Do you fear God? There is a simple litmus test. Do your thoughts and deeds align with what God says, not what you think He says or what you would like Him to say, but what He actually says? How does fearing God impact your relationships with other human beings? How often do you ask God what He would have you do in the situations you face? Do you usually heed His response? Solomon taught that if we fear God, we’ll embrace His instructions on making wise, godly choices [Proverbs 15:33], and we won’t despise this knowledge [Proverbs 1:29]. He affirmed that true insight is knowing God. In other words, we lack a genuine comprehension of life, good and evil, until we understand God’s character and His word. There are other rewards for fearing God recorded in Scripture. Those rewards alone make it a character trait worth cultivating. It’s also worth pointing out that fearing God and doing what He says blesses you and your family [Psalm 128].

A reverential awe of God is very different from being petrified of Him. God doesn’t desire the latter [1 John 4:18]. He paid an indescribable price to reconcile us to Himself after we rebelled against Him [Romans 5:6-11]. God desires to adopt us as His children so that we can share in the inheritance of Jesus, now and for all eternity [Ephesians 1:3-6]. There’s no doubting God’s love for us, but amazingly, He gives us the freedom to accept or reject His love. Sadly, so many of us do. We willfully or ignorantly seek satisfaction and joy in other things we know are transient and fleeting. We turn to lesser sources for wisdom and answers to our problems when the God of the universe has already given us His solutions. We prioritise the knowledge of other things over knowing God and His word. We disobey Him regularly, but He never casts us away. How good and merciful God is! He doesn’t just put up with us; He lovingly pursues us. No wonder David pondered: “what are human beings that You (God) are mindful of them?” [Psalm 8:4].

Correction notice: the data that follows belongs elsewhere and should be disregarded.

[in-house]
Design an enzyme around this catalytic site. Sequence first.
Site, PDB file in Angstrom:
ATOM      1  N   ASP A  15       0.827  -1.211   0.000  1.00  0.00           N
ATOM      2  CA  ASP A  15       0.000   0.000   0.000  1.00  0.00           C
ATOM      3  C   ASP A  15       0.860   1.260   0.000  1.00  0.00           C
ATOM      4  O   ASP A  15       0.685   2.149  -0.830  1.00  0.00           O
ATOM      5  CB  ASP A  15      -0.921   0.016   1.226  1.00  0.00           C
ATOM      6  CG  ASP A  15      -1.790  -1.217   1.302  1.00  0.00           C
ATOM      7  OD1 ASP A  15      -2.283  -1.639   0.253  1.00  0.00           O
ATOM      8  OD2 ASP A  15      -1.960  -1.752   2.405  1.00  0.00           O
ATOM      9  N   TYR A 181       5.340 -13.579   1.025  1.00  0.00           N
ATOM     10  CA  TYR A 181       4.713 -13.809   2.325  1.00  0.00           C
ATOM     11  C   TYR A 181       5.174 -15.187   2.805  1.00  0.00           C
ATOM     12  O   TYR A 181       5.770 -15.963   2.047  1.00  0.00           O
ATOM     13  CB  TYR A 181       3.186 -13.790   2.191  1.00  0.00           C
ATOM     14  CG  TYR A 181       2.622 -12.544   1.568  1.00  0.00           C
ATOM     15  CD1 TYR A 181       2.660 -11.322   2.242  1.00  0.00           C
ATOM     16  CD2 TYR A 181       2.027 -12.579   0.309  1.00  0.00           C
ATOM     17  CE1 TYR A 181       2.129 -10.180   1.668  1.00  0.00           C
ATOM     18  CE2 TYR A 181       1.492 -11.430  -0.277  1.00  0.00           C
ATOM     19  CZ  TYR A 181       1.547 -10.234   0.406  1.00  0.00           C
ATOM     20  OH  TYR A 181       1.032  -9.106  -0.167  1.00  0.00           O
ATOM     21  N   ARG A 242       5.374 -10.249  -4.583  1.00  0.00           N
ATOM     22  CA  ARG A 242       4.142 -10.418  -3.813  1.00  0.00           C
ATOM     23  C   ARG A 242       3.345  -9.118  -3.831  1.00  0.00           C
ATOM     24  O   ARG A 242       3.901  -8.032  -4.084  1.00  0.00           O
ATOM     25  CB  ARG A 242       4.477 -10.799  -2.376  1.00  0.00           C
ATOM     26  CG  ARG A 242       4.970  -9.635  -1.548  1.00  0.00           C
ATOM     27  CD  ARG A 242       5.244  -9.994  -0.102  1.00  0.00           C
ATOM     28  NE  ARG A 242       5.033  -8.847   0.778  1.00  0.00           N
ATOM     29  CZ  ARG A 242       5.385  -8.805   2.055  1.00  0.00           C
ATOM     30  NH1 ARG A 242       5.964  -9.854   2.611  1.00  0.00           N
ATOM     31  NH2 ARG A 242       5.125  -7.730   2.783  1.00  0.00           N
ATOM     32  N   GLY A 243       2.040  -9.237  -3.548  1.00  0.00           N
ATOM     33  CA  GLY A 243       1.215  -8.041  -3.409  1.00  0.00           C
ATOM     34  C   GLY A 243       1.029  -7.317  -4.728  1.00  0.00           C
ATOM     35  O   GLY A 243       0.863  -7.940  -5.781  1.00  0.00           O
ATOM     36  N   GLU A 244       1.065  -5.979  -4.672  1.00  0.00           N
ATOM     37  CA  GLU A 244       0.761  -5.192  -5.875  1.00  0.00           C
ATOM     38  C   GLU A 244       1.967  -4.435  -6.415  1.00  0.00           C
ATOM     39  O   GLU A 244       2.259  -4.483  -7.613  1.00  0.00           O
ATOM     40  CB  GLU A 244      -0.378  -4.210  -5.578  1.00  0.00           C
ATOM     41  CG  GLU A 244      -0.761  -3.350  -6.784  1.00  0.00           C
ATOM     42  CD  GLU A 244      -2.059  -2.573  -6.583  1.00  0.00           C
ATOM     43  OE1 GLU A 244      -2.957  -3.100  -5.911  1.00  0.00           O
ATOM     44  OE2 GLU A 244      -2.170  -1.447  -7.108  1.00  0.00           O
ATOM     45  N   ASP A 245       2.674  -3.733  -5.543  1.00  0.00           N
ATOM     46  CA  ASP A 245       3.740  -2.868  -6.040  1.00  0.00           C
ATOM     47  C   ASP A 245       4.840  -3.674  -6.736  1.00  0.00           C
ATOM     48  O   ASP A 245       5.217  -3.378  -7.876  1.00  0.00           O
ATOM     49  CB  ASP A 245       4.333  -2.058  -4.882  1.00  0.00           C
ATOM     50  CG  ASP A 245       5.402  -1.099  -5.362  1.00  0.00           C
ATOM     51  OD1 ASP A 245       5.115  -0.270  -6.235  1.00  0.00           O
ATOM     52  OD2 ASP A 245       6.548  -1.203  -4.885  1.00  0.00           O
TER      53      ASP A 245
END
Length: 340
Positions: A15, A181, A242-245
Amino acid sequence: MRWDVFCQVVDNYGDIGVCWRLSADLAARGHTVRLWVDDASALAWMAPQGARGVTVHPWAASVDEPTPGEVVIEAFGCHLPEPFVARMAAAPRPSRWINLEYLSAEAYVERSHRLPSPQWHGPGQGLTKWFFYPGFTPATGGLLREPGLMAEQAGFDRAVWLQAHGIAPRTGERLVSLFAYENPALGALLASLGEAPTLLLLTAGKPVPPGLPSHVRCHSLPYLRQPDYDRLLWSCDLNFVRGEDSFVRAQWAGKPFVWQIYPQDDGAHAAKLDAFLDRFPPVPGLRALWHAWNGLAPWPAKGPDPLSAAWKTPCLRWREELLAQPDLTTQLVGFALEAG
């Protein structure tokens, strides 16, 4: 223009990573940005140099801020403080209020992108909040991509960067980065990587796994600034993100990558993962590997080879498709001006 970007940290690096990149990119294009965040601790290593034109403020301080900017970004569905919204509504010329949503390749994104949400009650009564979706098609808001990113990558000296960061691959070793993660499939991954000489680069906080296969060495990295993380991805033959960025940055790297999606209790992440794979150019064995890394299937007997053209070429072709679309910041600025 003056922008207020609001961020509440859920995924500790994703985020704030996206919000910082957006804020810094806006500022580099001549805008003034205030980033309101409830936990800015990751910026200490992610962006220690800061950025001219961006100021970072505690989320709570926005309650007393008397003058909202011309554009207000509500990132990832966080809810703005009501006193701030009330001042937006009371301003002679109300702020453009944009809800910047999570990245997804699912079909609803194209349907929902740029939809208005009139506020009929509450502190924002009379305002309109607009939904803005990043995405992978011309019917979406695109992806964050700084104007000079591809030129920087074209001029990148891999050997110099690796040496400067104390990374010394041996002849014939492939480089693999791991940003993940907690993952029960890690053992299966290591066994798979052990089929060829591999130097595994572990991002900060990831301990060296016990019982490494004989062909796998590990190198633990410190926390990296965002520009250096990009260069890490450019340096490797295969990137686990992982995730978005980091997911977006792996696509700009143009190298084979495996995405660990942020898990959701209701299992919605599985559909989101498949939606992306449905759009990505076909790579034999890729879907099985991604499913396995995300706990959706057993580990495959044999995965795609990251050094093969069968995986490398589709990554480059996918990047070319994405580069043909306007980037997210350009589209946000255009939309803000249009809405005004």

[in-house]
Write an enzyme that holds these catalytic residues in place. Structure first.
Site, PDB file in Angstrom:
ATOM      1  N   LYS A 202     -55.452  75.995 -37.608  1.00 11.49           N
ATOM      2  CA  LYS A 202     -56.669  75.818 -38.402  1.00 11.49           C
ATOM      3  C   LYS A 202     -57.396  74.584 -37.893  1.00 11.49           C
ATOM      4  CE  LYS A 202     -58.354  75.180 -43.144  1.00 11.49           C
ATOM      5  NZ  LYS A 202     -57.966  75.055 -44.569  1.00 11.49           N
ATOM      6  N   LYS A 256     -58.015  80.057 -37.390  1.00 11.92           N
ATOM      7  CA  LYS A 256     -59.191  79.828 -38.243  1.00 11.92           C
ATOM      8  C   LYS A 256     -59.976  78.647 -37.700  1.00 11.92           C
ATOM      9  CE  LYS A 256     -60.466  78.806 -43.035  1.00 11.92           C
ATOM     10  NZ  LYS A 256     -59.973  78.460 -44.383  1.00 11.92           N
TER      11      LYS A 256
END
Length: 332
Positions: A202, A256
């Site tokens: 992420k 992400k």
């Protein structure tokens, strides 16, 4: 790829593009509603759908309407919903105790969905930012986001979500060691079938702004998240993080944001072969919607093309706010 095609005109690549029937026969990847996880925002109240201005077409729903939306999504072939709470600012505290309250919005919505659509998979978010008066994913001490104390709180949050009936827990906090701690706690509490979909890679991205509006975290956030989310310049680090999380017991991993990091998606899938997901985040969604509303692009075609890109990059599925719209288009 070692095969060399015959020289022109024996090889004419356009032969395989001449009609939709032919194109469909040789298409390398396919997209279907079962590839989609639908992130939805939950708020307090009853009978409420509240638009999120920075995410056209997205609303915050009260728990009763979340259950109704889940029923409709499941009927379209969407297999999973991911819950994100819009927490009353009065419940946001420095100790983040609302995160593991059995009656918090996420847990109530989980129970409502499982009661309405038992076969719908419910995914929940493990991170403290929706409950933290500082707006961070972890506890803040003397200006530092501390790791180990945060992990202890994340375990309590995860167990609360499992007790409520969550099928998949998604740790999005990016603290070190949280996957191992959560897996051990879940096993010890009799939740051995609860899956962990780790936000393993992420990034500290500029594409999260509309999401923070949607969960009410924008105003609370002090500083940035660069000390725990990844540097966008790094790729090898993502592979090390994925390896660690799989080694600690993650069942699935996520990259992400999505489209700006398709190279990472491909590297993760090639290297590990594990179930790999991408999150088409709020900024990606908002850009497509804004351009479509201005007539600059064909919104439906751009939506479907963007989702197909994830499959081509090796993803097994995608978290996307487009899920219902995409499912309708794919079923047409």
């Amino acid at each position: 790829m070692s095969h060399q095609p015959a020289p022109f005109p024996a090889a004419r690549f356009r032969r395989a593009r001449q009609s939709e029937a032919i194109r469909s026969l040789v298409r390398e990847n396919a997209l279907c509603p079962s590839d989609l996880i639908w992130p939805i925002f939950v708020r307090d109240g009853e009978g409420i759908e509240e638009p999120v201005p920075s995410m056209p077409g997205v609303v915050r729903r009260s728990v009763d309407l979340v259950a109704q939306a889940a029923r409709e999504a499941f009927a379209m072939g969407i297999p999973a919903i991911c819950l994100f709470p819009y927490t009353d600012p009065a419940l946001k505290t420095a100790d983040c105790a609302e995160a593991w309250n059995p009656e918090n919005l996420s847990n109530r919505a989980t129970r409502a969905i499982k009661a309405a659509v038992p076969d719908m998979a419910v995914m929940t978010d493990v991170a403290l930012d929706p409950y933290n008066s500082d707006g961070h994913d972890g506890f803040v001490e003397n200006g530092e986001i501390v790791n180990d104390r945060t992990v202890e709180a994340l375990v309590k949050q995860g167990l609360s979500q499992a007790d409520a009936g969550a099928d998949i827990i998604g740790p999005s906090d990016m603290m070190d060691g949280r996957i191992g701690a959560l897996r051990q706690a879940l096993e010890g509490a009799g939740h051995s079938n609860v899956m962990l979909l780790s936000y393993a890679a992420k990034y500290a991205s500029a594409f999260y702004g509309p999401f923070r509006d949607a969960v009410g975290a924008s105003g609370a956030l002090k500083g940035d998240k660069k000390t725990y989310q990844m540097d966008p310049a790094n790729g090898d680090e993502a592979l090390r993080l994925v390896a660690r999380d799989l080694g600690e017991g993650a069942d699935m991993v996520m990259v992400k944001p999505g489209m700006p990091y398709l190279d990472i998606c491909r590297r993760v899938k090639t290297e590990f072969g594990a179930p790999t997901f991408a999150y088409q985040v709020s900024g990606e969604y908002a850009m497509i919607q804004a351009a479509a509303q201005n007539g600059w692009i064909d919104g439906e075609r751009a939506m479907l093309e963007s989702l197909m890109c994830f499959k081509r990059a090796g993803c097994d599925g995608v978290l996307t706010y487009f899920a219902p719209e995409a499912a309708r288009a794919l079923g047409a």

This week, I’d like to invite you to examine your life. Do you know what the fear of the Lord is? Do you truly fear God? It’s impossible to be in a right relationship with God if you don’t fear Him [Deuteronomy 10:12-13]. Maybe like me, you ignorantly baulked at the thought of fearing God when you encountered the idea. Or you haven’t given it much thought yet. Could today be the day to pause and reflect on your relationship with God and take your first steps towards true wisdom, knowledge and understanding that will serve you in this life and the next?

Subscribe to receive new posts hot off the press!

Sign-up to receive mails once I publish new content.

I agree to have my personal information transfered to MailChimp ( more information )

I will never give away, trade or sell your email address. You can unsubscribe at any time.

You May Also Like…

Unnecessary suffering

Unnecessary suffering

Many of us suffer unnecessarily because we ignore the implications of one truth: there’s nothing new under the sun...

What exactly is surrender?

What exactly is surrender?

If you’ve been in Christian circles long or even read a few blogs on this site, you’ve probably encountered the phrase...

Did you get a receipt?

Did you get a receipt?

I’m of the opinion that one of the most tragic things in Christendom is a person who assumes they’re following...


Leave a comment